Monday, January 23, 2006

Canada's workforce just got older

Gone is the mandatory age 65 retirement. How will this affect companies with an older workforce?

McCarthy Tétrault LLP - Publications - Ontario Government Officially Puts an End to Mandatory Retirement: Changes Will Be Effective December 12, 2006: "Effective December 12, 2006 the definition of 'age' in the Code will be amended to read simply 'an age that is eighteen years or more.' As a result, the Code will generally prohibit employers from forcing employees to retire merely because they are 65 or older."

Often employers with mandatory retirement policies have decided to continue to employ a poor performing employee nearing age 65 with the knowledge that on his or her 65th birthday, the employee would be required to retire.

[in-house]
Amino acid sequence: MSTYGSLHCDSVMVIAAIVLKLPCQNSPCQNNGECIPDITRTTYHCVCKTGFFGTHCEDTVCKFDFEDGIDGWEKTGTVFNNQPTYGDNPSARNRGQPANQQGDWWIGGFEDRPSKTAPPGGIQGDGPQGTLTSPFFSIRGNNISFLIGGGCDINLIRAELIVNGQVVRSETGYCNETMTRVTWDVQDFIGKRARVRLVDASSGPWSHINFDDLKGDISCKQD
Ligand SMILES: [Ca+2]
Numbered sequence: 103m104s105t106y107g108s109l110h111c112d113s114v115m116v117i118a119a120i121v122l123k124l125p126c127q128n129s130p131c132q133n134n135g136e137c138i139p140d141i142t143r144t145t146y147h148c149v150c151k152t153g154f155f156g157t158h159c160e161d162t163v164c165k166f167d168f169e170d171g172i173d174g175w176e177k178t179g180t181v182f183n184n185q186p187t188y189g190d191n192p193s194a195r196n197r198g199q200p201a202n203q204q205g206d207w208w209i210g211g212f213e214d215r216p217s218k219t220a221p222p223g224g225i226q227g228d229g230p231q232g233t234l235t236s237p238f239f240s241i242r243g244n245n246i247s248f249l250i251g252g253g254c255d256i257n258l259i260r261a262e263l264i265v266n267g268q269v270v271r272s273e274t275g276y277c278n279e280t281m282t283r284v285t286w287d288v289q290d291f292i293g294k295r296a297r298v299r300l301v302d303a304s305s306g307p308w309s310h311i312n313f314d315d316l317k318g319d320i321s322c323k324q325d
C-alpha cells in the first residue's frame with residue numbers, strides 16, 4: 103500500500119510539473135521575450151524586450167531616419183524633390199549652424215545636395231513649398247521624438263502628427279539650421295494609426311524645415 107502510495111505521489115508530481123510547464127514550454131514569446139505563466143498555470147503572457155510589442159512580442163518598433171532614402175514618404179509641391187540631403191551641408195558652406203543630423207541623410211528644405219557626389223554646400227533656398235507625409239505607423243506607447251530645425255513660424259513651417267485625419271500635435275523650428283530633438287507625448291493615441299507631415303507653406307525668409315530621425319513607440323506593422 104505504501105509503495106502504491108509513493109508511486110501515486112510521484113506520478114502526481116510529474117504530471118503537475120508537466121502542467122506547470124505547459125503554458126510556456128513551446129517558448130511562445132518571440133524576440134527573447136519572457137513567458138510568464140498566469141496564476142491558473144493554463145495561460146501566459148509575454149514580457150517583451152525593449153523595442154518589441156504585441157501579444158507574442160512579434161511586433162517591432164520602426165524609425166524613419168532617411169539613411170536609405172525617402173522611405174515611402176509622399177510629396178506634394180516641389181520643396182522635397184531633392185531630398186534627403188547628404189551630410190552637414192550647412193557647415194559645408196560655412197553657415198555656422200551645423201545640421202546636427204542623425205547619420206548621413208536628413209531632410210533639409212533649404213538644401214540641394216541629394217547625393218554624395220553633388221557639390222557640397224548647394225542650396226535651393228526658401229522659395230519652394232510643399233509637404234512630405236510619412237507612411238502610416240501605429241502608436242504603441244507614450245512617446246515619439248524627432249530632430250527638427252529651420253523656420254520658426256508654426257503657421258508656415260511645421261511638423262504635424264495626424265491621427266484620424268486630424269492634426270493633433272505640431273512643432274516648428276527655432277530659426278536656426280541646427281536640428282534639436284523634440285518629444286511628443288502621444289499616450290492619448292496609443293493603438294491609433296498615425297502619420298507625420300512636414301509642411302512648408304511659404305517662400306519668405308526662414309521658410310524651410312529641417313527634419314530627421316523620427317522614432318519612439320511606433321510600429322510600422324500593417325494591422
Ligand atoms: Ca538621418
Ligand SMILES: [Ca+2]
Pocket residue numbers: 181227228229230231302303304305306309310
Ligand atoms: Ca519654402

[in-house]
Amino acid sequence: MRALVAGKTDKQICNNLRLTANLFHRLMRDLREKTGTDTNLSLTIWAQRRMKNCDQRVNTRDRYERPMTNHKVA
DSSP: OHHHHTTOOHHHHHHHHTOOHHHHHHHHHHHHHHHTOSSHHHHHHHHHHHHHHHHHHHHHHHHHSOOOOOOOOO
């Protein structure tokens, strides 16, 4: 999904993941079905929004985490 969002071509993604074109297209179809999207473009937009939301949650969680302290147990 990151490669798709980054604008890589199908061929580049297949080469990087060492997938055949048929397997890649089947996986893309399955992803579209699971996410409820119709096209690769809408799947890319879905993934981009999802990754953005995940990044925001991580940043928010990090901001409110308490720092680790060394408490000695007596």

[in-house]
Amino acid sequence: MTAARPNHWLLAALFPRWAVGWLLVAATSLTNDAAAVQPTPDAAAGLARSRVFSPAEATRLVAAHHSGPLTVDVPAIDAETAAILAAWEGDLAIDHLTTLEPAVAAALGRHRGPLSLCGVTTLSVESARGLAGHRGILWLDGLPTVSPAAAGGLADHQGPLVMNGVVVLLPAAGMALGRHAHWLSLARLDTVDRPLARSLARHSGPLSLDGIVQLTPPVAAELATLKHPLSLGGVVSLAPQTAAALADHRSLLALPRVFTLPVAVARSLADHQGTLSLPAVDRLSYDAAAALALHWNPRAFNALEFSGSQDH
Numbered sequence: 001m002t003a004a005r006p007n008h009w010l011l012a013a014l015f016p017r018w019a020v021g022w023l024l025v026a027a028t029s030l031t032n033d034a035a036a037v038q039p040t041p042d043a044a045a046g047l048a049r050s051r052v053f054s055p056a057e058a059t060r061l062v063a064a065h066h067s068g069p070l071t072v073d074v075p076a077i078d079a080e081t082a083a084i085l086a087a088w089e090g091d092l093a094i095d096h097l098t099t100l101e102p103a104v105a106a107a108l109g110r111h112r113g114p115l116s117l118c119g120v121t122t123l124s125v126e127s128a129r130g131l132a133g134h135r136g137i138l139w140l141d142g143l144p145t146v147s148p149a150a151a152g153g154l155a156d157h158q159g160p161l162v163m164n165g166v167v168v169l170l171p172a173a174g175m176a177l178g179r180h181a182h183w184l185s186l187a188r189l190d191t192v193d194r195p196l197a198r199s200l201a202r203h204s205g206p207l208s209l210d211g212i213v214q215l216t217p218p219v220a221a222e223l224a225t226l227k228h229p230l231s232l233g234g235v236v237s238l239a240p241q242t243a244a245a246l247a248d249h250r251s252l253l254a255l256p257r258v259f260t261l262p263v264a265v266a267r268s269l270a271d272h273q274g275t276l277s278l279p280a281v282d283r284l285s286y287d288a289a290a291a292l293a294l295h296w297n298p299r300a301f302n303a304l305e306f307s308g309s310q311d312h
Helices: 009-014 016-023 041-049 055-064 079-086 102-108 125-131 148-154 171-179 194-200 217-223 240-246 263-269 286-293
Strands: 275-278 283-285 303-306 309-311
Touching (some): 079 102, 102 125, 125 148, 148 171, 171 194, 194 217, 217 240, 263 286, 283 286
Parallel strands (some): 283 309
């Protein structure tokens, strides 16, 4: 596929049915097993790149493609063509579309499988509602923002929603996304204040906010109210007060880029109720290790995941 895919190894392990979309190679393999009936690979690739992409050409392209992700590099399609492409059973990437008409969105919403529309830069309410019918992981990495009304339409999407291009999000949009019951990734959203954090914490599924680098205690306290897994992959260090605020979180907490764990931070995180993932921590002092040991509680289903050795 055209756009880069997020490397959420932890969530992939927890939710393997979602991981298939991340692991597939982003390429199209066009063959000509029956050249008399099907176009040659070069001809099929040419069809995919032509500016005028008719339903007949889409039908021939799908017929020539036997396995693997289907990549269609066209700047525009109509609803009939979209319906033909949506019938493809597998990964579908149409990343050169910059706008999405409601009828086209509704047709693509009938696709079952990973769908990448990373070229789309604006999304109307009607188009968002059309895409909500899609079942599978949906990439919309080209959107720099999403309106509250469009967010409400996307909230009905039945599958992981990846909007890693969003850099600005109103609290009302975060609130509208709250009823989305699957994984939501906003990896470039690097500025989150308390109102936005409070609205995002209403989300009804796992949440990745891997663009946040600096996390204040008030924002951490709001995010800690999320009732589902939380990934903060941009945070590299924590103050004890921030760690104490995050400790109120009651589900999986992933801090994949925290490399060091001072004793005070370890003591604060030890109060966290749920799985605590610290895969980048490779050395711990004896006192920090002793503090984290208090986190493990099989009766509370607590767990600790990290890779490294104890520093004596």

On benefit plan costs:

In fact, there are a variety of issues that employers should consider in relation to their benefit plans. For example, in the interest of maintaining strong employee relations, employers may consider allowing employees beyond the age of 65 to continue to participate in their benefit plans. However, the cost of providing benefits to older employees may have a significant impact on the cost of employers’ benefit plans.

On age discrimination:

Employers will also have to be cautious when dealing with older individuals in the context of hiring and performance evaluation. For example, individuals who are 65 years of age or older and are unsuccessful in their job applications may make a complaint of age discrimination against their prospective employers.

Conclusion (On GM, Ford, Stelco, and other companies with a larger, older workforce and huge pension plans. Will there be more job cuts?)

The new Act provides employers with a twelve-month ‘grace period’ in which to address the various issues that arise as a result of the end of mandatory retirement in Ontario.

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